There's a subtle, hazy glow coming off the man. Like a heat ripple on the sidewalk. Every time he moves or twitches or shifts his gaze, it moves like it's ready to push something back.
The woman gives off a different effect. It's like the room leans in towards her, like things are moving so she has a line of sight to literally every part of the room at once. Like she's a perspective focal point.
Mages. Fuck.


"I can't recall whom," Stephanie said, cool as room temperature, her analysis literally taking place in the space between their heartbeats. "But somebody was aware of this fact. I could do some checking and find out who it was, help you put some names to this," she said, directing that more at the detective than the consultant, trying to keep her in charge of the conversation.

"Was it someone from the Department of Homeland Security?" the man suddenly asked, clearly not wanting to let her go. "Did they ask you to do the autopsy?"

Stephanie bit back a curse.

"It might've been," she said, standing up to try and mask any facial expression she might have let slip. "What is this about again?" She was careful to sound somewhat offended as she put her attention on the detective again.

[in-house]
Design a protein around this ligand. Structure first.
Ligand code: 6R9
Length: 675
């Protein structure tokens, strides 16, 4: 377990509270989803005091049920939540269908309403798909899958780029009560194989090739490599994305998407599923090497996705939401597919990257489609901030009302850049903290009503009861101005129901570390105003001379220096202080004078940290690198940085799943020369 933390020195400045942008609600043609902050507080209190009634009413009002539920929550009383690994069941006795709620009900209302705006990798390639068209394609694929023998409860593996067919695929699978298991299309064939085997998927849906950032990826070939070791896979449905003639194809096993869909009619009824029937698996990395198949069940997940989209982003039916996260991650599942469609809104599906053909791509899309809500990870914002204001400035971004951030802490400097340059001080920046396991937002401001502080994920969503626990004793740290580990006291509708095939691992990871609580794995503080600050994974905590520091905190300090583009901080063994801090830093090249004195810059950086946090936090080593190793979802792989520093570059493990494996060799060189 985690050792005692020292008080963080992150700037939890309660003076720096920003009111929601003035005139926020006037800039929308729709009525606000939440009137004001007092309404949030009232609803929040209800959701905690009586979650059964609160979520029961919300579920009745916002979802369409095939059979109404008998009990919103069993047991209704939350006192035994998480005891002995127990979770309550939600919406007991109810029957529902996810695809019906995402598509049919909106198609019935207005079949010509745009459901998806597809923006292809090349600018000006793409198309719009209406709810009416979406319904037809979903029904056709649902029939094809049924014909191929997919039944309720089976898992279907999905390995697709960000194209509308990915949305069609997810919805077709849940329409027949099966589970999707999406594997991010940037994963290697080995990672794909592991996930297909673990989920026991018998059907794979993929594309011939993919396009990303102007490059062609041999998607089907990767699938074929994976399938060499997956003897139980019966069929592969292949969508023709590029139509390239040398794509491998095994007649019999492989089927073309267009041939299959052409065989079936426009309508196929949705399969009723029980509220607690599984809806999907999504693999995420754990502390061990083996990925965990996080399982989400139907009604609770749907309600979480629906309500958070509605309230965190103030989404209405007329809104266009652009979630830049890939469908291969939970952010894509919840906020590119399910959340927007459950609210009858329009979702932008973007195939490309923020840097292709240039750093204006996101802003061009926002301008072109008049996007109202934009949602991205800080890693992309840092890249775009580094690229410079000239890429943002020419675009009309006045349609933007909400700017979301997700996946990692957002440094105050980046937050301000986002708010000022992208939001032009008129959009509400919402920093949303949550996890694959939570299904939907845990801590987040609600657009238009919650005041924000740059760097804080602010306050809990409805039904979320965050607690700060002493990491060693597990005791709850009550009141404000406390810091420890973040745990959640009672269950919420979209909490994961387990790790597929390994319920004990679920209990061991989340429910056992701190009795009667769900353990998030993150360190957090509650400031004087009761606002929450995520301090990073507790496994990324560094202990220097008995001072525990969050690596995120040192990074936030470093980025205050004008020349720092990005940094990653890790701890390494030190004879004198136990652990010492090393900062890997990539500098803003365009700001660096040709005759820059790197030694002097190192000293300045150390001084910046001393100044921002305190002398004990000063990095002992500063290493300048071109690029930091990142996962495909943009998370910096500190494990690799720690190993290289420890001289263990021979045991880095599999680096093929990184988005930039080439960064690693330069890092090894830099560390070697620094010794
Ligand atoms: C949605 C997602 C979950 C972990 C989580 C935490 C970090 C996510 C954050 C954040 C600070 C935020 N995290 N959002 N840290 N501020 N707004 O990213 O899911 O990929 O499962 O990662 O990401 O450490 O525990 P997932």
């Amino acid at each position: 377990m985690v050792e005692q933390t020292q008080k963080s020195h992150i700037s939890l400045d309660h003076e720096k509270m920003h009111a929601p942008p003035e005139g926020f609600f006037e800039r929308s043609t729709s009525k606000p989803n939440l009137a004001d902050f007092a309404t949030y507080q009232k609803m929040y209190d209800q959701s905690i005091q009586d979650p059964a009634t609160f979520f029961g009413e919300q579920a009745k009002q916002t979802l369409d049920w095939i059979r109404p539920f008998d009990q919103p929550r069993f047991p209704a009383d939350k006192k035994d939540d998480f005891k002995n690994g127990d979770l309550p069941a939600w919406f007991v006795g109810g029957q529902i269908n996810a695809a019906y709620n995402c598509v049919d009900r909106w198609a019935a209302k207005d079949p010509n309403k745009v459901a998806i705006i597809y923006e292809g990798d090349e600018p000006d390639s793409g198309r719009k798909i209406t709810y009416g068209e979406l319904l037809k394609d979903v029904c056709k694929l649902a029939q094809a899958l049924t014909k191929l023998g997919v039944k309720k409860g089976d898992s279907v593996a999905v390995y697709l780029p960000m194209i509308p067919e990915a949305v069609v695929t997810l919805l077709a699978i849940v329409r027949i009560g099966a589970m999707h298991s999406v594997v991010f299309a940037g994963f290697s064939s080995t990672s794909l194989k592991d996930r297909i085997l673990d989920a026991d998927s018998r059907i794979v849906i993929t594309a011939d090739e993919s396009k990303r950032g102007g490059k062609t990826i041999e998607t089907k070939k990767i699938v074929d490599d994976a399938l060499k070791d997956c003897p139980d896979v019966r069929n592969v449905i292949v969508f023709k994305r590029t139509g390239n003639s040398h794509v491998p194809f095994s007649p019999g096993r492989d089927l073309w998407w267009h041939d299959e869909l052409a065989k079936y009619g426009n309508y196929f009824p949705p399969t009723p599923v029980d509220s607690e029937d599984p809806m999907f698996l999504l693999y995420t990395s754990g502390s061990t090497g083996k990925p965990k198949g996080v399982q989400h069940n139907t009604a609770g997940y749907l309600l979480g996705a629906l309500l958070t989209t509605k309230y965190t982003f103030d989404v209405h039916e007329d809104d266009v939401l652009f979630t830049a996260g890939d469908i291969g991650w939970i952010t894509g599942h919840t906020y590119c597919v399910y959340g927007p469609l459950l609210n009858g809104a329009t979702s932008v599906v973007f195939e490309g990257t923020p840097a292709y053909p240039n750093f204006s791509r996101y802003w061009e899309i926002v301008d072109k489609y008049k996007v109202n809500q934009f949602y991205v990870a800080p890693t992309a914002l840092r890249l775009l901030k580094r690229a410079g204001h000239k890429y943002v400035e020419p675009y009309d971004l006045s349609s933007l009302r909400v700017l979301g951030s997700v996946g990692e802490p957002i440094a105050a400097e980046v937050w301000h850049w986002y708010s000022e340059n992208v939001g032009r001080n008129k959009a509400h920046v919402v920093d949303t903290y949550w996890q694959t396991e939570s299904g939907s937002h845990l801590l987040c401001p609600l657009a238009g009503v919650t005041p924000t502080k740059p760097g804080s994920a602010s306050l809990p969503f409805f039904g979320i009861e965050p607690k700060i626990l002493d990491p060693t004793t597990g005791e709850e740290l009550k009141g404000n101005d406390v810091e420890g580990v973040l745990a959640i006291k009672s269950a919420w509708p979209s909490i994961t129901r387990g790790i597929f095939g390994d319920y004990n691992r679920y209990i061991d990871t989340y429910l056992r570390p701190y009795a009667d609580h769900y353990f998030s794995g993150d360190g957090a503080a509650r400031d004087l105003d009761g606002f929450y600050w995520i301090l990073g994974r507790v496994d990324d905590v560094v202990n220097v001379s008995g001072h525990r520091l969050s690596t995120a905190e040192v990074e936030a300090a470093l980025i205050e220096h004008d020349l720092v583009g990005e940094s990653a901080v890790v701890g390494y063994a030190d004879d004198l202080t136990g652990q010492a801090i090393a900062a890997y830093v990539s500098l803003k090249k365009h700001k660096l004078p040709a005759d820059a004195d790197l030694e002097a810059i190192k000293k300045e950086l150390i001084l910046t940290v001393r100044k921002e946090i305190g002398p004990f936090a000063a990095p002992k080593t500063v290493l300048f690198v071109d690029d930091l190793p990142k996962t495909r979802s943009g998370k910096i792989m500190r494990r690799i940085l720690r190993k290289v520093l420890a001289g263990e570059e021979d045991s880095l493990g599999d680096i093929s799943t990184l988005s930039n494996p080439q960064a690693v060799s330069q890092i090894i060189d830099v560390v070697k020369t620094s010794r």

The detective held out a hand to calm down the consultant.

"There are just some questions about the whole thing we're trying to clear up, is all," Detective Smith said.

"Like how a man can be stabbed in the back but have it look like he was shot in the chest," the consultant snapped.

The detective turned to him and hissed a rebuke under her breath. Stephanie couldn't make it all out but it finished with her sending him out to the hall. As he left, the consultant leaned in to whisper something to her. Stephanie was able to make out the words 'room temperature' before he left.

Stephanie screamed internally. Her Beast coiled like a snake inside her, ready to spring, to flee towards the nearest exit.

"I'm sorry about that," the detective asked, pocketing the notebook once he was out of the room with an exasperated sigh.

"It's okay, and now that I've got a second... now that I think about it, it was Homeland Security. I remember because I asked 'why' myself. They told me that it happened in a bar full of college students, and the sheer number of foreign students at WVU has them paying closer attention to incidents like that." Stephanie sighed and rubbed her forehead.